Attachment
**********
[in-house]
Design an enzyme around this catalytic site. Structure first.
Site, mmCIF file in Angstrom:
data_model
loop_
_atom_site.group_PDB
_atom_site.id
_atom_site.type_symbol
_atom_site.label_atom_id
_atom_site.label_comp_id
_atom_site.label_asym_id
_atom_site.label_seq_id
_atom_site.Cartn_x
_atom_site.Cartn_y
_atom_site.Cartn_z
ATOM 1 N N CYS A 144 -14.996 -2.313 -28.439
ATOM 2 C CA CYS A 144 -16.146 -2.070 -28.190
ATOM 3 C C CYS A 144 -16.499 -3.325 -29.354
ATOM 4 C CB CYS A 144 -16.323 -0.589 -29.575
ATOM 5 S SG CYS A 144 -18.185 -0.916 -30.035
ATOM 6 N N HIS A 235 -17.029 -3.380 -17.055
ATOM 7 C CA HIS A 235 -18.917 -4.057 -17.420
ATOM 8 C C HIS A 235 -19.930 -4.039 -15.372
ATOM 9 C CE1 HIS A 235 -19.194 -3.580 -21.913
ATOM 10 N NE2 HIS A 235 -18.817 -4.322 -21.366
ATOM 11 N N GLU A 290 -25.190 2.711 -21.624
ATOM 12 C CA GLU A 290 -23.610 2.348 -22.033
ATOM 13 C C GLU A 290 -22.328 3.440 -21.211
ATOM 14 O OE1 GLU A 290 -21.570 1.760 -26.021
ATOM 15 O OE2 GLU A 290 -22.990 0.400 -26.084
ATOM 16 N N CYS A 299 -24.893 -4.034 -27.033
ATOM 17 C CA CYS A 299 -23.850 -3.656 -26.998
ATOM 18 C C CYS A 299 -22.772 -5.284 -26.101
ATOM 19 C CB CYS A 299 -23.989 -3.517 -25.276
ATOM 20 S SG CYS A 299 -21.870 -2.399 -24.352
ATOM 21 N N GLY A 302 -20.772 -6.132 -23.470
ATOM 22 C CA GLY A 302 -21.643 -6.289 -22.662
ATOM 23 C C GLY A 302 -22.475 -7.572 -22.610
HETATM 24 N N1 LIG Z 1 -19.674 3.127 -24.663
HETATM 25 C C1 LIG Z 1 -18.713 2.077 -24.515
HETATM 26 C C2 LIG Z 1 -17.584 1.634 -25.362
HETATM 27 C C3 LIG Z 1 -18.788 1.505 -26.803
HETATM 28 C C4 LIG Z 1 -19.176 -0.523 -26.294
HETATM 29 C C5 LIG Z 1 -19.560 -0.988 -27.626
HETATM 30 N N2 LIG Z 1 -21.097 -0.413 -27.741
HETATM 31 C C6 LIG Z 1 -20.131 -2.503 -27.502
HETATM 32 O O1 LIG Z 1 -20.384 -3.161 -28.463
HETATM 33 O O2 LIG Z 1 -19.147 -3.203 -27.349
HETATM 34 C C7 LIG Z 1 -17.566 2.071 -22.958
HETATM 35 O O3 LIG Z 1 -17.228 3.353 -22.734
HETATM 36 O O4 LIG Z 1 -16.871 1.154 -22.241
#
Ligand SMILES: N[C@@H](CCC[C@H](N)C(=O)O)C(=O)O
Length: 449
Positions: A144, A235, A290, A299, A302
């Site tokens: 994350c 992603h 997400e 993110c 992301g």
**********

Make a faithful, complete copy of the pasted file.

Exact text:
[in-house]
Design an enzyme around this catalytic site. Structure first.
Site, mmCIF file in Angstrom:
data_model
loop_
_atom_site.group_PDB
_atom_site.id
_atom_site.type_symbol
_atom_site.label_atom_id
_atom_site.label_comp_id
_atom_site.label_asym_id
_atom_site.label_seq_id
_atom_site.Cartn_x
_atom_site.Cartn_y
_atom_site.Cartn_z
ATOM 1 N N CYS A 144 -14.996 -2.313 -28.439
ATOM 2 C CA CYS A 144 -16.146 -2.070 -28.190
ATOM 3 C C CYS A 144 -16.499 -3.325 -29.354
ATOM 4 C CB CYS A 144 -16.323 -0.589 -29.575
ATOM 5 S SG CYS A 144 -18.185 -0.916 -30.035
ATOM 6 N N HIS A 235 -17.029 -3.380 -17.055
ATOM 7 C CA HIS A 235 -18.917 -4.057 -17.420
ATOM 8 C C HIS A 235 -19.930 -4.039 -15.372
ATOM 9 C CE1 HIS A 235 -19.194 -3.580 -21.913
ATOM 10 N NE2 HIS A 235 -18.817 -4.322 -21.366
ATOM 11 N N GLU A 290 -25.190 2.711 -21.624
ATOM 12 C CA GLU A 290 -23.610 2.348 -22.033
ATOM 13 C C GLU A 290 -22.328 3.440 -21.211
ATOM 14 O OE1 GLU A 290 -21.570 1.760 -26.021
ATOM 15 O OE2 GLU A 290 -22.990 0.400 -26.084
ATOM 16 N N CYS A 299 -24.893 -4.034 -27.033
ATOM 17 C CA CYS A 299 -23.850 -3.656 -26.998
ATOM 18 C C CYS A 299 -22.772 -5.284 -26.101
ATOM 19 C CB CYS A 299 -23.989 -3.517 -25.276
ATOM 20 S SG CYS A 299 -21.870 -2.399 -24.352
ATOM 21 N N GLY A 302 -20.772 -6.132 -23.470
ATOM 22 C CA GLY A 302 -21.643 -6.289 -22.662
ATOM 23 C C GLY A 302 -22.475 -7.572 -22.610
HETATM 24 N N1 LIG Z 1 -19.674 3.127 -24.663
HETATM 25 C C1 LIG Z 1 -18.713 2.077 -24.515
HETATM 26 C C2 LIG Z 1 -17.584 1.634 -25.362
HETATM 27 C C3 LIG Z 1 -18.788 1.505 -26.803
HETATM 28 C C4 LIG Z 1 -19.176 -0.523 -26.294
HETATM 29 C C5 LIG Z 1 -19.560 -0.988 -27.626
HETATM 30 N N2 LIG Z 1 -21.097 -0.413 -27.741
HETATM 31 C C6 LIG Z 1 -20.131 -2.503 -27.502
HETATM 32 O O1 LIG Z 1 -20.384 -3.161 -28.463
HETATM 33 O O2 LIG Z 1 -19.147 -3.203 -27.349
HETATM 34 C C7 LIG Z 1 -17.566 2.071 -22.958
HETATM 35 O O3 LIG Z 1 -17.228 3.353 -22.734
HETATM 36 O O4 LIG Z 1 -16.871 1.154 -22.241
#
Ligand SMILES: N[C@@H](CCC[C@H](N)C(=O)O)C(=O)O
Length: 449
Positions: A144, A235, A290, A299, A302
């Site tokens: 994350c 992603h 997400e 993110c 992301g």